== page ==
An inside look at life in the Site C work camp
This is part two in a three-part Global BC series examining the Site C dam. Read part one here and read part two here.
Imagine a remote job site where the steak dinners are unlimited and the bed is made for you. It does exist — in northeastern B.C.
The work camp at the Site C dam near Fort St. John offers cruise ship-style amenities to the more than 1,300 people currently staying there.
It has a coffee shop, a lounge with craft beer, a theatre, gyms and personal trainers, tanning and hair salons and a kitchen that never stops.
“As long as you come up one at a time, you can absolutely have six steaks. There are a lot of big guys here who like to eat,” said executive chef Robert Varga.
PHOTOS: Behind the scenes at the Site C work camp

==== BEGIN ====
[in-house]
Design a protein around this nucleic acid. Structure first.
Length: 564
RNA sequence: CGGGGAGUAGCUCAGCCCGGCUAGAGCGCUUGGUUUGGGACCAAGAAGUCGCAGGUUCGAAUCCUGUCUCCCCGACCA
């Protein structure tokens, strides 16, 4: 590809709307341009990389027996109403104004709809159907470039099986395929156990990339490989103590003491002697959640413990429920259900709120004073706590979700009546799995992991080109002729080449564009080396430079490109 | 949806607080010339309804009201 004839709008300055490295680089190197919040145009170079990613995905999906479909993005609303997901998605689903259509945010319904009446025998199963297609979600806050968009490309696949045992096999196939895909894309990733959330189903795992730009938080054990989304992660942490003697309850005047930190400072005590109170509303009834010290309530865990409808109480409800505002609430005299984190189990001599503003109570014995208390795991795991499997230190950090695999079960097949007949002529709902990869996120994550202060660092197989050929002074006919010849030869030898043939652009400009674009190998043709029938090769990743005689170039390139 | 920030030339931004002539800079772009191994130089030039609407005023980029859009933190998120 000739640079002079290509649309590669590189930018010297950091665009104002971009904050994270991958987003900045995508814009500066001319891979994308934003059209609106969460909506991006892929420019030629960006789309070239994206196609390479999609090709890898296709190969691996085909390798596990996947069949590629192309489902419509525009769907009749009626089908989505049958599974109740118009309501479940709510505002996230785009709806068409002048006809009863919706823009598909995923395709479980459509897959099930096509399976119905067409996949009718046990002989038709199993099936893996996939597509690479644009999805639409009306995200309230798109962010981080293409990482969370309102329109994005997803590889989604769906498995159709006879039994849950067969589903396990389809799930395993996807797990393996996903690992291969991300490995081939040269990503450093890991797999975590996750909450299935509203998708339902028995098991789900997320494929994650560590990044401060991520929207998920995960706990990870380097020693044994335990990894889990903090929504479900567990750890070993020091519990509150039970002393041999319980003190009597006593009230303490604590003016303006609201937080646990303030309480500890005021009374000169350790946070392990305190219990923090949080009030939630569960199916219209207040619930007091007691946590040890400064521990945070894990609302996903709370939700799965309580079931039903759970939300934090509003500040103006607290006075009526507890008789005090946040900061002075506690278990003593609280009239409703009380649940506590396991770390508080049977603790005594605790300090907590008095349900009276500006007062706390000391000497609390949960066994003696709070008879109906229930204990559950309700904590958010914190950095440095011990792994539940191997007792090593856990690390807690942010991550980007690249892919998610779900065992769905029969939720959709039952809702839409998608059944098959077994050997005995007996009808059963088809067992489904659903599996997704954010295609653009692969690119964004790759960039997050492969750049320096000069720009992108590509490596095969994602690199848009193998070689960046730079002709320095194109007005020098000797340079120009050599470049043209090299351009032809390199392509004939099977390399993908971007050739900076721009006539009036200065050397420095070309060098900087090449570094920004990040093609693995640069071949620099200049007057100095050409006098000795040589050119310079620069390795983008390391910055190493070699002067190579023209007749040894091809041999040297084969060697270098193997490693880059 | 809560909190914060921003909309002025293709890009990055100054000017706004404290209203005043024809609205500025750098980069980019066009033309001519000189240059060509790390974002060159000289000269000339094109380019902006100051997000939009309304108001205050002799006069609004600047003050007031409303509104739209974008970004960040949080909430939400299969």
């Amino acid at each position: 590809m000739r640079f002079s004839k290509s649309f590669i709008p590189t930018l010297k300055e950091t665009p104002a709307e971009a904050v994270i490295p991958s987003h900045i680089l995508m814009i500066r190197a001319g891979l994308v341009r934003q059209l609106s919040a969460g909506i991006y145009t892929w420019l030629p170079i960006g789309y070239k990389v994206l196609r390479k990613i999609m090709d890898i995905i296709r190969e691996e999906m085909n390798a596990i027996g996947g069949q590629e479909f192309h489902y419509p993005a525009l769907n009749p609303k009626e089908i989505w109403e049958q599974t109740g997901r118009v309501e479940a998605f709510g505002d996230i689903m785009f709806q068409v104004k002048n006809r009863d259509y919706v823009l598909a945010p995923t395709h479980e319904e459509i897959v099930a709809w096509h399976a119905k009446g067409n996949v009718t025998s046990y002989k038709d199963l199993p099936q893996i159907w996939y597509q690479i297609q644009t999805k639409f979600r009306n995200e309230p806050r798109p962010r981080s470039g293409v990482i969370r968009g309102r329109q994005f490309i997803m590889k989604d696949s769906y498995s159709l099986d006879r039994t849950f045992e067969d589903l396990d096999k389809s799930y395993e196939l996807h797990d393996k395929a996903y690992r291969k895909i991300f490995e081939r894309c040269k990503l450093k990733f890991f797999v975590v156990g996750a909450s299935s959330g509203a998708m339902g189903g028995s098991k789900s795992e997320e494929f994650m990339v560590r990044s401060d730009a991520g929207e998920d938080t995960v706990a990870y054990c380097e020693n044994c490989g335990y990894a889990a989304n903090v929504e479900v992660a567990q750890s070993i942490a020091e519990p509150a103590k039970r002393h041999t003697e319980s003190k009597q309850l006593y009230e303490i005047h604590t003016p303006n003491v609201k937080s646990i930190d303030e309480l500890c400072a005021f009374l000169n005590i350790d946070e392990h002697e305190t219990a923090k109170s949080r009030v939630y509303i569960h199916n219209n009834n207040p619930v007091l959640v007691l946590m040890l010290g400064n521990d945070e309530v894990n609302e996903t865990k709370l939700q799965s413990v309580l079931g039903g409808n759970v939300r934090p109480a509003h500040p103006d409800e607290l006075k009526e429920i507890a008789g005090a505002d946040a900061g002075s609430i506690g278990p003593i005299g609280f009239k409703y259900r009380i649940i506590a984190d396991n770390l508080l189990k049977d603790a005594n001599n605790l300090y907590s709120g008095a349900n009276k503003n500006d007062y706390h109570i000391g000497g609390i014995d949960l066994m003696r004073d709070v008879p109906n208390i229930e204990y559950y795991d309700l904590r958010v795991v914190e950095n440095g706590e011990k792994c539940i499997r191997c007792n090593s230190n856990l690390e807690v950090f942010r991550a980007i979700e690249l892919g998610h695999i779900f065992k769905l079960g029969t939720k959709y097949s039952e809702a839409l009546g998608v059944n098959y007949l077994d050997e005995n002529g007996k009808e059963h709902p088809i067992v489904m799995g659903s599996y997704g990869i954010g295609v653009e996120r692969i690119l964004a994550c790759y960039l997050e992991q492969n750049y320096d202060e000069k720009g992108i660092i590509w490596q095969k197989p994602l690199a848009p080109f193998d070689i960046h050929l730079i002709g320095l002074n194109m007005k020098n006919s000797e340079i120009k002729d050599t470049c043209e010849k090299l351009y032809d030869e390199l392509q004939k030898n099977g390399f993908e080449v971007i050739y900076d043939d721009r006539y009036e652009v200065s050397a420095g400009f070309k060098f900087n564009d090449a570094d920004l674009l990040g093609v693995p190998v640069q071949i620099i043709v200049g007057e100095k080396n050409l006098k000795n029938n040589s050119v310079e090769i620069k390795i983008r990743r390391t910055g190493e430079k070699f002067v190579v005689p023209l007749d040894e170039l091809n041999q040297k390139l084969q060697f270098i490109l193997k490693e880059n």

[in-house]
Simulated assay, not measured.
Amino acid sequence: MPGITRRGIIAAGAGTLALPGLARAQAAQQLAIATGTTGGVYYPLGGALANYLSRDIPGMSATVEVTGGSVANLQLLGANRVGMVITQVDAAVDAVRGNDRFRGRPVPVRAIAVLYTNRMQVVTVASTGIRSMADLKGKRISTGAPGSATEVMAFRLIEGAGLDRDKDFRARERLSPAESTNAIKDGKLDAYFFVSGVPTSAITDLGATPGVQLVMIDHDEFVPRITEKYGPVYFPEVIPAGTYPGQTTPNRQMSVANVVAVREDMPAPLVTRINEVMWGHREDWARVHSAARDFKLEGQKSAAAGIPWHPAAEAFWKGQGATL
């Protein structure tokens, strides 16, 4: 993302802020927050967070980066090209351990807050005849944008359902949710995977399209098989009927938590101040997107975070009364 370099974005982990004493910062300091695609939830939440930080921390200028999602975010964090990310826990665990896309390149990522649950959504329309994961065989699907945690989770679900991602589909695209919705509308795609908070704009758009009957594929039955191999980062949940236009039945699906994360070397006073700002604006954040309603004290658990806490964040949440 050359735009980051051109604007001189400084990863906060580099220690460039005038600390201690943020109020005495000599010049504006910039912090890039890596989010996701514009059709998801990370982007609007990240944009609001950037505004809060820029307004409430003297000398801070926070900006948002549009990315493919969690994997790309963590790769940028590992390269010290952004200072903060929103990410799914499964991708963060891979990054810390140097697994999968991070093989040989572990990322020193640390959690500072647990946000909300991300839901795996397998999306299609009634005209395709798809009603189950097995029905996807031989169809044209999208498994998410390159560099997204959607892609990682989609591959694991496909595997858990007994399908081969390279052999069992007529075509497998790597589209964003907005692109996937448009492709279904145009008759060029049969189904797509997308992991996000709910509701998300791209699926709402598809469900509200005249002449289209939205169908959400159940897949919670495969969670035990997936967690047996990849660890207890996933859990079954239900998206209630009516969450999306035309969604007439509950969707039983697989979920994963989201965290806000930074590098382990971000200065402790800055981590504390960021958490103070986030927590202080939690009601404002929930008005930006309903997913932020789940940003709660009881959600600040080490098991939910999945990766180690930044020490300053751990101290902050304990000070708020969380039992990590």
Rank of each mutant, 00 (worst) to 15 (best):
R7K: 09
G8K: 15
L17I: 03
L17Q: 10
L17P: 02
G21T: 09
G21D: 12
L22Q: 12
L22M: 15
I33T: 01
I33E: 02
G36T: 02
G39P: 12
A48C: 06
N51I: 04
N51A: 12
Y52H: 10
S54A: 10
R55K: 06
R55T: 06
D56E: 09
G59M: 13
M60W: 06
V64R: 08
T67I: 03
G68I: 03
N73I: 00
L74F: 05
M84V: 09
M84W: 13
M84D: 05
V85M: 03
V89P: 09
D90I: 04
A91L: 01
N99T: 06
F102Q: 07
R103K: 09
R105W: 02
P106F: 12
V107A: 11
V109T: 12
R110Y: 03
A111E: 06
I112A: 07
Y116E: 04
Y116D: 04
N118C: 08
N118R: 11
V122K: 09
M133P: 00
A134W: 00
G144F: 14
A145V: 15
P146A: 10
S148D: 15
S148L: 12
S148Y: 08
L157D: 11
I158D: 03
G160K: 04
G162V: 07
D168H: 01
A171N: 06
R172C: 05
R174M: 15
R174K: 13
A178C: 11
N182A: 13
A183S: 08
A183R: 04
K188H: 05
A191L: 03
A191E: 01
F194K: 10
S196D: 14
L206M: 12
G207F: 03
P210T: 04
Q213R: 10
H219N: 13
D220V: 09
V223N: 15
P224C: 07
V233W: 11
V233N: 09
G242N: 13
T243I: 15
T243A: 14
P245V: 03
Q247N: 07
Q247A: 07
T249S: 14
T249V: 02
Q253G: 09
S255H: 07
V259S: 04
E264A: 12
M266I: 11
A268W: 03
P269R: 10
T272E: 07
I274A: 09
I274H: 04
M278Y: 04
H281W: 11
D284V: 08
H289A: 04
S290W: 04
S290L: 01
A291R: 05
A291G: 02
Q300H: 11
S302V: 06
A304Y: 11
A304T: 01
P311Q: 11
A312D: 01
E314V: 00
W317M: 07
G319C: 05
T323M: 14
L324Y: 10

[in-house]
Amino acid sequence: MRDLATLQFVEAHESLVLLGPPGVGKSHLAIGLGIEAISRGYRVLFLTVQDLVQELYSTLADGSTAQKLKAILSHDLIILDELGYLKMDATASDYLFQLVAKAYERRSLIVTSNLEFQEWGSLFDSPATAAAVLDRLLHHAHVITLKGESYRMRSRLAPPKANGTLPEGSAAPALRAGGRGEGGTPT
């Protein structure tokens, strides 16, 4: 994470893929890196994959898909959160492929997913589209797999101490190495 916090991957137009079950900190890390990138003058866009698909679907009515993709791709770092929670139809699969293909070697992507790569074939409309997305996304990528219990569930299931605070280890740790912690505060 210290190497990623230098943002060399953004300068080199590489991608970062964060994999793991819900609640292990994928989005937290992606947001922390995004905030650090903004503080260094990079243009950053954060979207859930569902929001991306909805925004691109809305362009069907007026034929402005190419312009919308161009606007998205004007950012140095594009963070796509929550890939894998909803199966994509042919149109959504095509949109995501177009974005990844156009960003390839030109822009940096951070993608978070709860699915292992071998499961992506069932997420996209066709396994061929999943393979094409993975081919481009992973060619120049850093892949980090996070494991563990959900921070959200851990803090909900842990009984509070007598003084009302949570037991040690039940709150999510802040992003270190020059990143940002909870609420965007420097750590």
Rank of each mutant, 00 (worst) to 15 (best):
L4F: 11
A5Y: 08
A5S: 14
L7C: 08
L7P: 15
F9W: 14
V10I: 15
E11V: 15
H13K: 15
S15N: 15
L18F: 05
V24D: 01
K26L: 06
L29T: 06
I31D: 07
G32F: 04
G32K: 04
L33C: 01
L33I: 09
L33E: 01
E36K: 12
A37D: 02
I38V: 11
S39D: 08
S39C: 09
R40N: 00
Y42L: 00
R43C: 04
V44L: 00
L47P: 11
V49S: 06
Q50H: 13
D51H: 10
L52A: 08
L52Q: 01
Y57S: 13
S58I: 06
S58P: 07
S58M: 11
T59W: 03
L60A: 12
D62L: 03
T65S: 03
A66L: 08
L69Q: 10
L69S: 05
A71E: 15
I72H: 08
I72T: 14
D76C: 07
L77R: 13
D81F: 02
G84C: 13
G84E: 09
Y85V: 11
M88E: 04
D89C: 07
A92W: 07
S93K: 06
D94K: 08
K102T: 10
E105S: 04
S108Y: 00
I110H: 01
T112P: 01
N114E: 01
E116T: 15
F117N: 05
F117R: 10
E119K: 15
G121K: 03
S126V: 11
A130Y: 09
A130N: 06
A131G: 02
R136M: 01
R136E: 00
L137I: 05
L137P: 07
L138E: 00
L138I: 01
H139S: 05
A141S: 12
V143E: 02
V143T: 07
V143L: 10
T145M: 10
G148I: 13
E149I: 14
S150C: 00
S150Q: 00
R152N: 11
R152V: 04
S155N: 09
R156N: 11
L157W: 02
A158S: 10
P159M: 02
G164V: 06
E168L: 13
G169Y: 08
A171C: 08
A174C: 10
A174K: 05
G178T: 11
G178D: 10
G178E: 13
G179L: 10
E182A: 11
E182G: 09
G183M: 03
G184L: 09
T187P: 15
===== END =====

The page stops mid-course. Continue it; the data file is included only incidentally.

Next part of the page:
The bedrooms at the camp look much like a hotel room.
Cafeteria facilities at the Site C camp.
Gym facilities at the Site C camp.
Outside the Site C work camp.
Chefs at the work camp must prepare food for more than 1,300 hungry workers.
Everyone gets their own bedroom and washroom — perks that used to be unheard of in work camps.
“Just the comfort of some of the appointments in the room are a lot nicer than a lot of the other facilities on the market. That’s purposefully done from an aspect of worker attraction and retention, said facilities manager Brian Hussain.
The meals and most of the amenities are free, but a few, like the tanning salon, are pay-per-use.
The wages at Site C are good. Heavy equipment operators earn between $35 and $45 an hour.
“I love my job. If you’re wanting to get money fast and work towards a career goal, I think this is the way to do it,” said Malia Salvas, a rock truck driver from Vernon.
“For me, I travel. If I want to take off some time in the winter and put that money towards travelling, I’m happy.”
The budget to build, operate and dismantle the work camp over nine years is nearly half a billion dollars.
It will be torn down after dam completion in 2024.
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